Pesticide-Stained Clothes with Care
The pair of soiled work jeans doesn't look dangerous. But if they contain
a pesticide residue, they may be a health hazard--not only to the wearer
but also possibly to other family members.
When people work with pesticides, whether in the garden or in the field,
they often contaminate their clothing with the pesticide they are using.
This contamination can occur through direct spills onto the clothing or
through pesticide particles drifting through the air and onto the clothing.
And the contamination can occur regardless of the formulation of the pesticide--liquid,
powder, or granular.
Although pesticides differ in their toxicity, with some much more dangerous
than others, the long-term effects of even the least toxic pesticides
are uncertain. It is wise for handlers of pesticides to exercise caution
in use, cleanup and laundering. And if pesticide residue is not removed
during laundering, it may be absorbed through the worker's skin the next
time the garment is worn.
Studies of fabrics by textiles researchers show that fiber content makes
no significant difference in the amount of pesticide removed when laundered.
But shirts and pants made of 100% polyester allow more penetration of
pesticides, and should not be worn during pesticide application.
To properly launder pesticide contaminated clothing
follow these procedures:
Be certain the person doing the laundry is aware of the pesticide used,
the clothing that was worn, and has access to the pesticide labels for
information on clean-up and disposal.
- Discard clothing that is soiled with full-strength liquid concentrate
pesticides. This may seem costly, but keeping clothes that have been
saturated with pesticides is too high of a risk.
- Put the pesticide worker's clothing in a separate container from other
items in the family laundry. Use a plastic garbage bag for collecting
contaminated clothing. Or, use a plastic garbage pail that is designated
for pesticide contaminated garments.
- Wear waterproof gloves to handle pesticide contaminated clothing.
Wash the gloves thoroughly before removing. Dispose of the gloves using
the guidelines on the pesticide container labels. DO NOT use the gloves
for any other household task.
- Launder clothing as soon as possible after each day's use. The concentration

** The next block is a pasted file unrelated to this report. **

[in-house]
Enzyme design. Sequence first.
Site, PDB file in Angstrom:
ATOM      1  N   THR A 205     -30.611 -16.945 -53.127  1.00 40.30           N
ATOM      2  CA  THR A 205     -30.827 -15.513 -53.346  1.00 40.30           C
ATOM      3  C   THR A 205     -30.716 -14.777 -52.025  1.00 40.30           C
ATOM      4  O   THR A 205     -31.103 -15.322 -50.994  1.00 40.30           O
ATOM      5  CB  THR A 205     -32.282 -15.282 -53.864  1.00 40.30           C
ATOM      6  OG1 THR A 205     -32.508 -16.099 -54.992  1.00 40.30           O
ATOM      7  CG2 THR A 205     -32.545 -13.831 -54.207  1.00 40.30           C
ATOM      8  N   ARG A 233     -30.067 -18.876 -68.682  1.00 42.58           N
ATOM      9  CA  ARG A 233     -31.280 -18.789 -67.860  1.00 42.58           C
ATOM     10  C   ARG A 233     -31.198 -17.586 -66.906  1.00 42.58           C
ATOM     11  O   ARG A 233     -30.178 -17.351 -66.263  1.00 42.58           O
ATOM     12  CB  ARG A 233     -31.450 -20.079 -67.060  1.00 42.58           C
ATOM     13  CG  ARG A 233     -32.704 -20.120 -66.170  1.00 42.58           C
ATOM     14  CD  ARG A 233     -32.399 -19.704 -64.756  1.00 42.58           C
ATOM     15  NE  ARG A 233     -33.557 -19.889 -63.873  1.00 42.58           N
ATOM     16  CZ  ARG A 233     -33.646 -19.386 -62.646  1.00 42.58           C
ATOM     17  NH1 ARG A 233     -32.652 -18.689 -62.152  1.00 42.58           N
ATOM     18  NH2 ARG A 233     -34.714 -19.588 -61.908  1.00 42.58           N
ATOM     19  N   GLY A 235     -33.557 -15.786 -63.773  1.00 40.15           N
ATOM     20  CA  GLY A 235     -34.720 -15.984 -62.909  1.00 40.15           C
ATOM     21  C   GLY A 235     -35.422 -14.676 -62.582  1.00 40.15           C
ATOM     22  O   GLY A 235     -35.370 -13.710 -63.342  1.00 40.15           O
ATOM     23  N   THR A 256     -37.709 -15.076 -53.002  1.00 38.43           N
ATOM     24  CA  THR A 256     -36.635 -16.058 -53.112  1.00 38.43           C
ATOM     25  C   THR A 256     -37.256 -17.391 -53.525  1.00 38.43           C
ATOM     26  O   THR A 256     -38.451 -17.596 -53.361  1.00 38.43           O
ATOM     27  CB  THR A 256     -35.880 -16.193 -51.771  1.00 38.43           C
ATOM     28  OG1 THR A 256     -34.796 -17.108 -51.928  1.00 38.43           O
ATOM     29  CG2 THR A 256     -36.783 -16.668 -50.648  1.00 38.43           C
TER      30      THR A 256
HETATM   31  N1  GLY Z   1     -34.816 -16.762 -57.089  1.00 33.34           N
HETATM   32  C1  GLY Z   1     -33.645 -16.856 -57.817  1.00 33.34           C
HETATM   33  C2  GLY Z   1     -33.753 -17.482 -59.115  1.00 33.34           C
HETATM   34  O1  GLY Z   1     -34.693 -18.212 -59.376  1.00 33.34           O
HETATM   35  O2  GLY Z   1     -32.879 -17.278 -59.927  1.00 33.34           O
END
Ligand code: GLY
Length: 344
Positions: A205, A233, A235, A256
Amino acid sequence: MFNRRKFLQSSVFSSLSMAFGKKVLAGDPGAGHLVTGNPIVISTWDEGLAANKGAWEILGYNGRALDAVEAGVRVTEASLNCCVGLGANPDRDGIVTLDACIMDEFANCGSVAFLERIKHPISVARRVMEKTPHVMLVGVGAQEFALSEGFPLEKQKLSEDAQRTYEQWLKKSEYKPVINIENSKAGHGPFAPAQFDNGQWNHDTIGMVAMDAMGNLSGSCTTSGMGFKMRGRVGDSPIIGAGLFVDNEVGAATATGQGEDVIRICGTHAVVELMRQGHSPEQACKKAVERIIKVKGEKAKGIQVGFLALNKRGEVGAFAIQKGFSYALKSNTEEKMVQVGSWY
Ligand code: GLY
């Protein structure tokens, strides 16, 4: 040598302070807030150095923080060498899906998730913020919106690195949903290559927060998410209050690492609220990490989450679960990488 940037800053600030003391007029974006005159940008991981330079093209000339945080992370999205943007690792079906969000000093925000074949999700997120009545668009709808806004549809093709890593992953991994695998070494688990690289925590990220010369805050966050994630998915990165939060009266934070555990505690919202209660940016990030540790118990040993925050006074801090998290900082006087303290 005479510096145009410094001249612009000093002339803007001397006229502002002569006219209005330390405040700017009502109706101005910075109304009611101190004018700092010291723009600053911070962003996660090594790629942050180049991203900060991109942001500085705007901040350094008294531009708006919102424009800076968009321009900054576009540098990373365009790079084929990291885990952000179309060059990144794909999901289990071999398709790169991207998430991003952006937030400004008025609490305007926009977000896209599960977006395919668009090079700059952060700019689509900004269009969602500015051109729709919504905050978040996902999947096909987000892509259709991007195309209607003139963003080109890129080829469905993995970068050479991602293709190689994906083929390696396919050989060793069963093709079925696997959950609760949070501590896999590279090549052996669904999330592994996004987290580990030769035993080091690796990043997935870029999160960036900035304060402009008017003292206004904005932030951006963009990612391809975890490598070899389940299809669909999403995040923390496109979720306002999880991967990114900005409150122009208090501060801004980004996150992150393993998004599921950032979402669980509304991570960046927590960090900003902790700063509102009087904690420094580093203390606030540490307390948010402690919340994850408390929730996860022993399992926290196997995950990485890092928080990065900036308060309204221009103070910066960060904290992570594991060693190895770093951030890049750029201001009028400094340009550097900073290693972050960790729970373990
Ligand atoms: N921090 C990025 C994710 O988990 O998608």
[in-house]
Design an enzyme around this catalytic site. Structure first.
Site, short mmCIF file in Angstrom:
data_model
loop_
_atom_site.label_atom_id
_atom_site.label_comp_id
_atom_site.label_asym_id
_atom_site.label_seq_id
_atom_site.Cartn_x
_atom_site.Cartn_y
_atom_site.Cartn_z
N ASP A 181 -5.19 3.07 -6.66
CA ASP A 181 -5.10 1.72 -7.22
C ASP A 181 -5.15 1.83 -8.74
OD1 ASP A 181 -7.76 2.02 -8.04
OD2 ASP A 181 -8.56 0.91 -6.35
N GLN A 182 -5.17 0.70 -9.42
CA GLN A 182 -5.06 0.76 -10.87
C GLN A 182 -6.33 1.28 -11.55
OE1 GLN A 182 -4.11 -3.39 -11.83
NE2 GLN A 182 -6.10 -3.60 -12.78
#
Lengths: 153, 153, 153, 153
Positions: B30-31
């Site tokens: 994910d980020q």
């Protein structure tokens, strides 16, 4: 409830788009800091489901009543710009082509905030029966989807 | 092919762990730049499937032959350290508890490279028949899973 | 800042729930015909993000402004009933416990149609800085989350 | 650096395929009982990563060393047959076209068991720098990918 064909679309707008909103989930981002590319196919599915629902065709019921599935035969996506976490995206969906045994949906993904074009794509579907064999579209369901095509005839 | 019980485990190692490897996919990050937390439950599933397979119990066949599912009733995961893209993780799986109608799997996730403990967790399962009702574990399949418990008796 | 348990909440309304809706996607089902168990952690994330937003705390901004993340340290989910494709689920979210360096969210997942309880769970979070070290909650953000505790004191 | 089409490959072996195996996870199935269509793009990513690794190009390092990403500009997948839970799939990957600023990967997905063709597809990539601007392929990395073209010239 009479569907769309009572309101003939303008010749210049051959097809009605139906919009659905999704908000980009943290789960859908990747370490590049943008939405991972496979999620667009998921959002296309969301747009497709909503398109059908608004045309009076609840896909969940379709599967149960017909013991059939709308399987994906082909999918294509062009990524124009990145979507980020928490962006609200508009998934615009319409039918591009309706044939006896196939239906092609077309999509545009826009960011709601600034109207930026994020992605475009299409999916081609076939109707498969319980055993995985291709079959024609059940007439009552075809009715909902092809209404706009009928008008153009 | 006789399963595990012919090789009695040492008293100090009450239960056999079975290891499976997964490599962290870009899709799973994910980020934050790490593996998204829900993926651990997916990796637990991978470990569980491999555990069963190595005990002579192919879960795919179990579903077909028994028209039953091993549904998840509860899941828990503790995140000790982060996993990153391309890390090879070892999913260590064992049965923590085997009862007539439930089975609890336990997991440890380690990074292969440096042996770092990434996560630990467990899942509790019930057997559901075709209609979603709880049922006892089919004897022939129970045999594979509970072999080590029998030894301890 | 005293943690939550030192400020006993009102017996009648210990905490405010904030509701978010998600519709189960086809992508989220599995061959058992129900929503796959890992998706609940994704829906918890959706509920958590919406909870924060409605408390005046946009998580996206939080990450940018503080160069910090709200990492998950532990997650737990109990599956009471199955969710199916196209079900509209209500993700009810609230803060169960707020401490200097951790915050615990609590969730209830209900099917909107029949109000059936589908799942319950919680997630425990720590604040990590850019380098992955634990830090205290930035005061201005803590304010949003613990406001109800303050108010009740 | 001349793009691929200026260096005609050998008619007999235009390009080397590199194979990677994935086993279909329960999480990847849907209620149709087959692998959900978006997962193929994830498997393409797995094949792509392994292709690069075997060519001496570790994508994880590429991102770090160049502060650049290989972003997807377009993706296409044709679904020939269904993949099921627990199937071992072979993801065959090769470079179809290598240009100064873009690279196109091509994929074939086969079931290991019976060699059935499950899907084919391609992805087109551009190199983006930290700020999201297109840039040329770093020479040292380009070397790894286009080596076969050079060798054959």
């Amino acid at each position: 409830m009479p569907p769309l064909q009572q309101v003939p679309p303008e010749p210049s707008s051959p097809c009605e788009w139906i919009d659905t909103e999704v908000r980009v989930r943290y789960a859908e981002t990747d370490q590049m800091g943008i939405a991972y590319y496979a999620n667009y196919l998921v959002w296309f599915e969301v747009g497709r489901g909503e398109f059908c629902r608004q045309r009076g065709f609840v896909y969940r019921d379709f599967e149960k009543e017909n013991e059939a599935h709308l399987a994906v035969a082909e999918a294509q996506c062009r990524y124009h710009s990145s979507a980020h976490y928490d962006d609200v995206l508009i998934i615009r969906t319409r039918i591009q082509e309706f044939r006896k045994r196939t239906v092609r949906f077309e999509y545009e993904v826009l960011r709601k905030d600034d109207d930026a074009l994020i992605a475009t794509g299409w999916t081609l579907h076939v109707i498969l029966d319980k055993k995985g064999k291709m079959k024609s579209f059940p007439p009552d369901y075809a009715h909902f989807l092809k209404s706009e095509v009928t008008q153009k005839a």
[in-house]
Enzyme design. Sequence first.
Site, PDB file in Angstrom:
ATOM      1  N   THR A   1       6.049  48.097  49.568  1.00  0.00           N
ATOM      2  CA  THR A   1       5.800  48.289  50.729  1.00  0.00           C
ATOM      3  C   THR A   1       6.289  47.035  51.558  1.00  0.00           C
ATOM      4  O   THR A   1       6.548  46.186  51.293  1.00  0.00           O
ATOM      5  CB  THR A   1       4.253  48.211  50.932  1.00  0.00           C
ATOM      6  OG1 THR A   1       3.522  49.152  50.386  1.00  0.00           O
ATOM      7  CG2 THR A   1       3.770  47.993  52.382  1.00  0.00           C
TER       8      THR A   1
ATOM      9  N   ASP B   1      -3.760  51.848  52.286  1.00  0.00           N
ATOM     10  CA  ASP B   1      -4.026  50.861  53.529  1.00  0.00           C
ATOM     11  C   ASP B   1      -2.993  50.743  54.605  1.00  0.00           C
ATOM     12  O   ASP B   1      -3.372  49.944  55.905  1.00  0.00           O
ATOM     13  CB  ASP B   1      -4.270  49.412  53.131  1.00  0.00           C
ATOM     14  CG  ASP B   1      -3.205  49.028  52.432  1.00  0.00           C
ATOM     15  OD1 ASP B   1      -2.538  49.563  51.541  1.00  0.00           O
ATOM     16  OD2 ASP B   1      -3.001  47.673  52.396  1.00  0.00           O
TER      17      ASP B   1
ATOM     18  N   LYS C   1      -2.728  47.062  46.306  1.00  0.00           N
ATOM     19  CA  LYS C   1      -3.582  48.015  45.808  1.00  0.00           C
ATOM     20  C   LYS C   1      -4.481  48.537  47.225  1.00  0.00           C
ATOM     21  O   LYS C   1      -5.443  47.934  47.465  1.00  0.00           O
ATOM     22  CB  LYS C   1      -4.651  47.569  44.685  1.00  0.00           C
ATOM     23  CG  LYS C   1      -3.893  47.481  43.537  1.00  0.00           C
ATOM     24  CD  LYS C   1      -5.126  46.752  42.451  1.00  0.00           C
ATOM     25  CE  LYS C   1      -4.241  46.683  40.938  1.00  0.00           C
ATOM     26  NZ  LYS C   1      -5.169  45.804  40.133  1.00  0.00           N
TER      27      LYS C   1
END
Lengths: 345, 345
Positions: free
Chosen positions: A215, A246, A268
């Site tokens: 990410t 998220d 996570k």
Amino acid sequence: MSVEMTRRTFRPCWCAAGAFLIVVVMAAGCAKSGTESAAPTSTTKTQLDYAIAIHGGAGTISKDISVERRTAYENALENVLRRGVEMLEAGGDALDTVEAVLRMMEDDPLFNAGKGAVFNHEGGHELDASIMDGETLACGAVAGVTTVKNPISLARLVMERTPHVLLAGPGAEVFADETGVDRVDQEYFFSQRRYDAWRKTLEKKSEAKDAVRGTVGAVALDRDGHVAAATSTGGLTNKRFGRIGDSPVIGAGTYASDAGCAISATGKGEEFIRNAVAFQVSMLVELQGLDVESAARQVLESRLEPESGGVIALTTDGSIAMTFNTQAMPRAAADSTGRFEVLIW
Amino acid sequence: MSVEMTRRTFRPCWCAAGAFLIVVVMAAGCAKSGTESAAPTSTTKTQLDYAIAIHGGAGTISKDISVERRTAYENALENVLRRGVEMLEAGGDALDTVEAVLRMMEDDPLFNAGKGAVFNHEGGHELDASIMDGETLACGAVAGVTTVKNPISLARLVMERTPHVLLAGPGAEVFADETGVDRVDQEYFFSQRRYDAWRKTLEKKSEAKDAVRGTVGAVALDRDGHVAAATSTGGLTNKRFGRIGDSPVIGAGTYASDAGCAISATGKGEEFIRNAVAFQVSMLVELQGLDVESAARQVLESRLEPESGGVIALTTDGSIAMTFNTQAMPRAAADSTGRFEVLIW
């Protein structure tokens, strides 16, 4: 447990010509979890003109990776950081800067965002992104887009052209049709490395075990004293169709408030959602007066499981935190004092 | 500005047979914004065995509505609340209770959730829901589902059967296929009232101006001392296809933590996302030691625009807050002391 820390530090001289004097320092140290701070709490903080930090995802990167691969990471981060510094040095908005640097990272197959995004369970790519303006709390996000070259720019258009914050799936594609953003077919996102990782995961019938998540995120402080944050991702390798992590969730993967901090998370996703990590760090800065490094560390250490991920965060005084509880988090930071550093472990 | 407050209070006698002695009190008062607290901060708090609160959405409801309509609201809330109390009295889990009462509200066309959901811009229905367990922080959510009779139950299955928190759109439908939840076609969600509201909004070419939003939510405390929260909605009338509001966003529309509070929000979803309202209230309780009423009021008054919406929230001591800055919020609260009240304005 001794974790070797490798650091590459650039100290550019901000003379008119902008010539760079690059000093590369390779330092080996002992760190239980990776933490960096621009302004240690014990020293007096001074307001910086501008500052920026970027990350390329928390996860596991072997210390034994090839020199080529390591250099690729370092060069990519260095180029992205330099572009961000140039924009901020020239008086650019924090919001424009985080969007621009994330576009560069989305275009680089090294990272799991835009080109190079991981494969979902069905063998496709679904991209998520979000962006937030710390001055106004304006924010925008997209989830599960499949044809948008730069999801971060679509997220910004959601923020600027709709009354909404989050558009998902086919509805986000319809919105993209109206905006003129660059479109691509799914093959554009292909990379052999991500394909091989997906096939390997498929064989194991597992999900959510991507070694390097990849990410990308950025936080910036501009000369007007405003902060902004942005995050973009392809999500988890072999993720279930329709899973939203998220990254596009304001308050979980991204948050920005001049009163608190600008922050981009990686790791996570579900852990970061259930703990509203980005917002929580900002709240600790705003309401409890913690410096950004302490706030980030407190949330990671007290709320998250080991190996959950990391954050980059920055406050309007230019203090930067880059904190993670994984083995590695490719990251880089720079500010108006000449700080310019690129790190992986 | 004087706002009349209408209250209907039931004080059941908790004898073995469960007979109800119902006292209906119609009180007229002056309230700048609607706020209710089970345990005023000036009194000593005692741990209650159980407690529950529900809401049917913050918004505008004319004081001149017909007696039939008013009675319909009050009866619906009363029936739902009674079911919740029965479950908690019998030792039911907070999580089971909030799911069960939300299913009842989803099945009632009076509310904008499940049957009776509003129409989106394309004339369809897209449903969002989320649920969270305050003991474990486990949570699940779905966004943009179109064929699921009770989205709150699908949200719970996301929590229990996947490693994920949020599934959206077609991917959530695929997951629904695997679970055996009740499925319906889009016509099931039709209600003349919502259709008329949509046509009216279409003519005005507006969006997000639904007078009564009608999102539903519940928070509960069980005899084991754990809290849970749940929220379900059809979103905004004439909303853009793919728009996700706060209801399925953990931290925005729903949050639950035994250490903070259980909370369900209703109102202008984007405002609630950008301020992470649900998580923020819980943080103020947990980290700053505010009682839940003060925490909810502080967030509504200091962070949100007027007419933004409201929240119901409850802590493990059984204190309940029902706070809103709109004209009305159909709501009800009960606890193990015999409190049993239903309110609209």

of pesticide in fabric builds with successive exposures. The more concentrated
the pesticide, the more difficult it is to remove in laundering.
- Always pre-treat, pre-rinse or pre-wash pesticide contaminated clothing
and do not reuse the water. If the washing machine has a pre-rinse cycle,
it should be used.
- Launder pesticide contaminated clothing separately from other household
laundry. Wash together only garments contaminated with the same pesticide,
since a combination of pesticides makes removal of each chemical more
- Use hot water--120 to 140 degrees-- for laundering. To save energy,
a cold-water rinse may be used.
- Use either a heavy-duty liquid detergent or the amount of powdered
detergent that is recommended by the manufacturer for heavily soiled
- Wash only a few items at one time, use the highest water setting,
and do not overcrowd the washer.
- Use the cycle for heavy-soiled clothes on the washer-or a 10 -12 minute
wash cycle with rinse cycles following.
- Use of other laundry additives, such as bleach, ammonia or fabric
softeners, does not appear to affect pesticide removal.
- Clothing worn while using slightly toxic pesticides may be effectively
laundered in one to three washings. More than three washings of clothing
contaminated with more toxic or more concentrated pesticides are strongly
- Line dry clothing when possible to avoid transfer of any residue to
the dryer. Sunlight can degrade some pesticides but if line drying is
not possible, use the high heat setting on the dryer. Pesticides tend
to be volatile so that hot air helps reduce contamination.
- After washing pesticide contaminated clothing, clean the washer with
an "empty load" of hot water and detergent and run the washer through
the complete cycle before the washer is used to launder other family
Materials adapted by Ellen Burton, Extension Educator, Consumer and Family
Economics, University of Illinois Extension, February, 2001, from:
Guides for Laundering Clothes Soiled with Pesticides, University of Illinois
Extension, Marge Sohn, Extension Specialist, Textiles and Clothing, 1994.
Clothing Needs Washing Care, Ohio State University Extension Fact
Sheet, Textiles and Clothing, Judith A. Wessel, Joyce Smith, Norma Pitts,
to do when clothes are soiled with pesticide, Iowa State University,
University Extension, Janis Stone, Professor and Extension Textiles and
Clothing Specialist, 2000.